Performance Management and Appraisals
Performance and Appraisals
When working with Appraisals - The Best Surprise is No Surprise
If you're looking for tips on how to fill in all those boxes on appraisal forms you're in the wrong place.
What we are interested in is what the appraisal process is designed to achieve, not how to do it.
Like so many other processes in business, appraisals can be a terrific forum for review, development and communication, or they can be a waste of time for all concerned.
Here's why they can be useful: they're two-way, they're thoughtful, they offer acknowledgement, support and motivation.
People can feel taken care of, they're being given 'quality time' and attention and it's a chance to take a step back and gain some perspective.
Here's why they are often meaningless: they're rushed, they're one-way, they refer to things that are no longer relevant, people lie, the real issues don't get dealt with.
Fear, uncertainty, collusion, duplicity, embarrassment, laziness, guilt and sheer incompetence are among the reasons why appraisals are often not worth the paper they are written on.
Appraisals are almost always a one or two-times a year process rather than something that is a daily part of a manager's job.
They can often be 'tick the box' exercises that cause a great deal of anxiety on both 'sides', and once they're completed they aren't looked at again till the next time.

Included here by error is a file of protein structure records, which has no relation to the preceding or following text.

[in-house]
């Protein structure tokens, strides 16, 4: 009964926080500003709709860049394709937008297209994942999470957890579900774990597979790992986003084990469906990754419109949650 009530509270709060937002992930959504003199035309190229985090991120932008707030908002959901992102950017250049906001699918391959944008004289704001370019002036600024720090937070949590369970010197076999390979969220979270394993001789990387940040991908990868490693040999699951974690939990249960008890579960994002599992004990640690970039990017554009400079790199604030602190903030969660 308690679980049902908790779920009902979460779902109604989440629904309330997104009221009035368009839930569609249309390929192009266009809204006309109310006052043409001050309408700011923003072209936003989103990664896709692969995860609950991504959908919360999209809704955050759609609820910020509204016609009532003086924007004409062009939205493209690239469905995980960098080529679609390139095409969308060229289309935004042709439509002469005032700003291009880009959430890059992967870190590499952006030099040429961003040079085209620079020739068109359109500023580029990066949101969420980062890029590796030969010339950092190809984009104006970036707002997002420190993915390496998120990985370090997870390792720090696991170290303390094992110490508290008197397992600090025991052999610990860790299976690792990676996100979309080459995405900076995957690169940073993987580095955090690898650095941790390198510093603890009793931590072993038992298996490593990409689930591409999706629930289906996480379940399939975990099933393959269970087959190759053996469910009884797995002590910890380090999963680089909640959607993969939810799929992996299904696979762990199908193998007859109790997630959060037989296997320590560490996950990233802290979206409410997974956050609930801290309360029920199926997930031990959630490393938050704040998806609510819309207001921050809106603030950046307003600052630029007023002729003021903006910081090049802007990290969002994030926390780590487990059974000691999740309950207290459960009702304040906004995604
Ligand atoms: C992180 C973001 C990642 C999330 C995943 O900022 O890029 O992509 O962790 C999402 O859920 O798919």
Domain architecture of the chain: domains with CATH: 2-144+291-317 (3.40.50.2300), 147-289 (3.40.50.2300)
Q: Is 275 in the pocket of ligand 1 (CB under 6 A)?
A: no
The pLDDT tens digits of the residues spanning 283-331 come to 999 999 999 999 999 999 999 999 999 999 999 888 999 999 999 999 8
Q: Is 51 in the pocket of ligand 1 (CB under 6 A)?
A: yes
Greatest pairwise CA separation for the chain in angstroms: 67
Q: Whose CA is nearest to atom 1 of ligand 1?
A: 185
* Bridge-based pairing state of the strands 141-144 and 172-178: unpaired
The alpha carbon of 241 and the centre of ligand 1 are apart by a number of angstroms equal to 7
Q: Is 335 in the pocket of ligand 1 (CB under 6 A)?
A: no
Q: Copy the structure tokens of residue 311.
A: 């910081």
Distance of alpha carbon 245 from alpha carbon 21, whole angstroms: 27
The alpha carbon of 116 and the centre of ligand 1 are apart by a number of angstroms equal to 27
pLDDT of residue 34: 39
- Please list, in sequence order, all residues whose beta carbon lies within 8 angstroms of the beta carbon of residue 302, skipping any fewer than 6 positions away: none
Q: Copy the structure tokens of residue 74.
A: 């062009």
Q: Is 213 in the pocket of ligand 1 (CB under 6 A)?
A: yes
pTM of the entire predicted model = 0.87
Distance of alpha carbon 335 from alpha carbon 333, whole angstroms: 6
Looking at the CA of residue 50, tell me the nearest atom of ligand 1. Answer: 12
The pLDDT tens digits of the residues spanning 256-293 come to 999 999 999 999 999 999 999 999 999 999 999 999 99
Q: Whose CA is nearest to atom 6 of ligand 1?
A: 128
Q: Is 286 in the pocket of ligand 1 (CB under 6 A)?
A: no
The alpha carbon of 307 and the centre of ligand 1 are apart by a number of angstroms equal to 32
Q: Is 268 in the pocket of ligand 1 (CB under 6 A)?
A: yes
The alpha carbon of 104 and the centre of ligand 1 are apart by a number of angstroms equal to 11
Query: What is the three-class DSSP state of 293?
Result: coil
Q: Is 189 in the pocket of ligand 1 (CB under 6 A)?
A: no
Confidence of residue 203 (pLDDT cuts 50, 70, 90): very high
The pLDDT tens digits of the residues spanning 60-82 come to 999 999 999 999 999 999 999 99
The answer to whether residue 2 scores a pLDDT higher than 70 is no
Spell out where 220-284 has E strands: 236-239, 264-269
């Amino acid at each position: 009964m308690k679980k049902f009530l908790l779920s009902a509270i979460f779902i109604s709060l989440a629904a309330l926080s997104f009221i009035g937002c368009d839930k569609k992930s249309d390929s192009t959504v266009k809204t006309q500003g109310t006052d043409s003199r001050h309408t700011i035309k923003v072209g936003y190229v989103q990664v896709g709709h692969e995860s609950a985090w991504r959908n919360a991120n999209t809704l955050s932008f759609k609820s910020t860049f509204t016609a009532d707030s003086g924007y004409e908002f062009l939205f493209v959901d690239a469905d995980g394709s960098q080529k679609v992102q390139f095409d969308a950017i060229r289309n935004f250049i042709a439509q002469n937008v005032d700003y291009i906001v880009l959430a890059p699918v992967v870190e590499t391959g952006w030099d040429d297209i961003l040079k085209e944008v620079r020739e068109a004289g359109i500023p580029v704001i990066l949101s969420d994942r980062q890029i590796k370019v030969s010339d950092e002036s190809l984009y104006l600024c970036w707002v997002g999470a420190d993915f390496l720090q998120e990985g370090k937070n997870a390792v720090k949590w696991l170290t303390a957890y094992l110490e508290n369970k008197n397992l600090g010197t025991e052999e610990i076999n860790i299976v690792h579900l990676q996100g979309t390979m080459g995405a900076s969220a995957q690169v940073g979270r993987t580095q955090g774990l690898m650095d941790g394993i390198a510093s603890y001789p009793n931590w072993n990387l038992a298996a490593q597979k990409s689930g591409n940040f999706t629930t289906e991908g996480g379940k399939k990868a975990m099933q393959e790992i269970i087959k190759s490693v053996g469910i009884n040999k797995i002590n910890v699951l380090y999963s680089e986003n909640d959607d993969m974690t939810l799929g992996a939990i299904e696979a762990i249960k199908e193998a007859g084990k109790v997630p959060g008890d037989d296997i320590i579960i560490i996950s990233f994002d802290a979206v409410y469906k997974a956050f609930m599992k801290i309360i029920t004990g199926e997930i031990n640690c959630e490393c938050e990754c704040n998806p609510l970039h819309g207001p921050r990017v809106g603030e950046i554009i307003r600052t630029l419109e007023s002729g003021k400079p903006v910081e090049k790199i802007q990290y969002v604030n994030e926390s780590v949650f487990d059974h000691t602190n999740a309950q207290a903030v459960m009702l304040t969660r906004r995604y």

Difficult feedback is avoided, postponed, sugar-coated or lied about during the appraisal.
A lot may ride on someone's appraisal (their pay review, for one), and yet insufficient time and effort usually goes into them.
Often, a lot of managers don't want to put down in black and white that someone's performance has been under par and therefore they (the manager) will be responsible for that person not getting a pay increase or promotion.
One of our clients told us that rather than completely redoing their appraisal process they decided to 'markdown' their performance related pay levels: in other words, if someone had been scored a 4 (out of 5 levels) they were lowered to a 3.
This was because they discovered that most managers scored people higher than their performance merited. It was an exercise in trying to get rid of the 'invisible incompetence' that the process colluded in.
In addition, if everything is focused on the appraisal process then you run the risk of creating anxiety during the build-up and a lack of motivation and productivity as people anticipate the results.
Supposedly only 5% of organisations say they have satisfactory appraisal processes, but we got that information off the Internet, so I'd take it with a pinch of salt!
It's easy to shoot yourself in the foot if you place too much emphasis on the actual process and not on the on-going performance management.